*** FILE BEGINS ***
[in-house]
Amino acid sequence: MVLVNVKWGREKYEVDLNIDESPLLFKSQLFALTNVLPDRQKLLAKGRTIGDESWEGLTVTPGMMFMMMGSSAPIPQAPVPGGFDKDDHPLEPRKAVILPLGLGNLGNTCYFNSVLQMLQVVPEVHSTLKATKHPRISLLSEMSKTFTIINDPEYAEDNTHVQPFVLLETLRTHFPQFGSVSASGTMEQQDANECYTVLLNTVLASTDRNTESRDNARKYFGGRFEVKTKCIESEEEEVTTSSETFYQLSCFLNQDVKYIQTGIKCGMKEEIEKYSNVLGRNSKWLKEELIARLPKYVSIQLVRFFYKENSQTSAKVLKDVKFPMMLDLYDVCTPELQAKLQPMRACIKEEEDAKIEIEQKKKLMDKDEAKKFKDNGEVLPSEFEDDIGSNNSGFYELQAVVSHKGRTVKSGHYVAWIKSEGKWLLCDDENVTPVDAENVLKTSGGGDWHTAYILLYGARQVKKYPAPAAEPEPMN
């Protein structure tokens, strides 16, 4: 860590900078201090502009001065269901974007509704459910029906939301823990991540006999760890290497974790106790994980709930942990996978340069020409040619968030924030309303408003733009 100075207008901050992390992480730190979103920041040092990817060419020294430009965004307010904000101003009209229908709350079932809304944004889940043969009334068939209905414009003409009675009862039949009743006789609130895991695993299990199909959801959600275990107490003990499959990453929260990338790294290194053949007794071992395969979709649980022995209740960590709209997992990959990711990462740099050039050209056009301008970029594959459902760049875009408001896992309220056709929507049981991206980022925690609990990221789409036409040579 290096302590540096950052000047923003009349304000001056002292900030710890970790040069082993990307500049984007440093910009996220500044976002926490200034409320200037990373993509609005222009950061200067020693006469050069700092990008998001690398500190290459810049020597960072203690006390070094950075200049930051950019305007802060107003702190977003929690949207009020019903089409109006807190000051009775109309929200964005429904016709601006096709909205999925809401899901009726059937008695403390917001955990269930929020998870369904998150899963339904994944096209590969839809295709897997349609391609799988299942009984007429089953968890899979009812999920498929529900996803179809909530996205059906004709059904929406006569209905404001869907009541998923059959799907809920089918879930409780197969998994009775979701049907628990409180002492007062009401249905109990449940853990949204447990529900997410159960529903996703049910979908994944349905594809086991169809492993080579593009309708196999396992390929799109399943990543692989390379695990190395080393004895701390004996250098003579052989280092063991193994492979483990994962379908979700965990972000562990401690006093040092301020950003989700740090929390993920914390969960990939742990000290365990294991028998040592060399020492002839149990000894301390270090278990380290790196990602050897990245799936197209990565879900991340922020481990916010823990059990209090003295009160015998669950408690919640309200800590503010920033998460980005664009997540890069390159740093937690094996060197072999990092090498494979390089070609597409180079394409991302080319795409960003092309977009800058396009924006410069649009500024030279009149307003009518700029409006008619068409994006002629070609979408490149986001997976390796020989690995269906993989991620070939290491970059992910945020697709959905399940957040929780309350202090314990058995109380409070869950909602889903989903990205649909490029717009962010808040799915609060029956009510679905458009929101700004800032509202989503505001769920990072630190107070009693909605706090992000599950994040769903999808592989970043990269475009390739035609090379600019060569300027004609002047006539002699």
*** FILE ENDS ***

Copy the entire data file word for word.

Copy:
[in-house]
Amino acid sequence: MVLVNVKWGREKYEVDLNIDESPLLFKSQLFALTNVLPDRQKLLAKGRTIGDESWEGLTVTPGMMFMMMGSSAPIPQAPVPGGFDKDDHPLEPRKAVILPLGLGNLGNTCYFNSVLQMLQVVPEVHSTLKATKHPRISLLSEMSKTFTIINDPEYAEDNTHVQPFVLLETLRTHFPQFGSVSASGTMEQQDANECYTVLLNTVLASTDRNTESRDNARKYFGGRFEVKTKCIESEEEEVTTSSETFYQLSCFLNQDVKYIQTGIKCGMKEEIEKYSNVLGRNSKWLKEELIARLPKYVSIQLVRFFYKENSQTSAKVLKDVKFPMMLDLYDVCTPELQAKLQPMRACIKEEEDAKIEIEQKKKLMDKDEAKKFKDNGEVLPSEFEDDIGSNNSGFYELQAVVSHKGRTVKSGHYVAWIKSEGKWLLCDDENVTPVDAENVLKTSGGGDWHTAYILLYGARQVKKYPAPAAEPEPMN
């Protein structure tokens, strides 16, 4: 860590900078201090502009001065269901974007509704459910029906939301823990991540006999760890290497974790106790994980709930942990996978340069020409040619968030924030309303408003733009 100075207008901050992390992480730190979103920041040092990817060419020294430009965004307010904000101003009209229908709350079932809304944004889940043969009334068939209905414009003409009675009862039949009743006789609130895991695993299990199909959801959600275990107490003990499959990453929260990338790294290194053949007794071992395969979709649980022995209740960590709209997992990959990711990462740099050039050209056009301008970029594959459902760049875009408001896992309220056709929507049981991206980022925690609990990221789409036409040579 290096302590540096950052000047923003009349304000001056002292900030710890970790040069082993990307500049984007440093910009996220500044976002926490200034409320200037990373993509609005222009950061200067020693006469050069700092990008998001690398500190290459810049020597960072203690006390070094950075200049930051950019305007802060107003702190977003929690949207009020019903089409109006807190000051009775109309929200964005429904016709601006096709909205999925809401899901009726059937008695403390917001955990269930929020998870369904998150899963339904994944096209590969839809295709897997349609391609799988299942009984007429089953968890899979009812999920498929529900996803179809909530996205059906004709059904929406006569209905404001869907009541998923059959799907809920089918879930409780197969998994009775979701049907628990409180002492007062009401249905109990449940853990949204447990529900997410159960529903996703049910979908994944349905594809086991169809492993080579593009309708196999396992390929799109399943990543692989390379695990190395080393004895701390004996250098003579052989280092063991193994492979483990994962379908979700965990972000562990401690006093040092301020950003989700740090929390993920914390969960990939742990000290365990294991028998040592060399020492002839149990000894301390270090278990380290790196990602050897990245799936197209990565879900991340922020481990916010823990059990209090003295009160015998669950408690919640309200800590503010920033998460980005664009997540890069390159740093937690094996060197072999990092090498494979390089070609597409180079394409991302080319795409960003092309977009800058396009924006410069649009500024030279009149307003009518700029409006008619068409994006002629070609979408490149986001997976390796020989690995269906993989991620070939290491970059992910945020697709959905399940957040929780309350202090314990058995109380409070869950909602889903989903990205649909490029717009962010808040799915609060029956009510679905458009929101700004800032509202989503505001769920990072630190107070009693909605706090992000599950994040769903999808592989970043990269475009390739035609090379600019060569300027004609002047006539002699």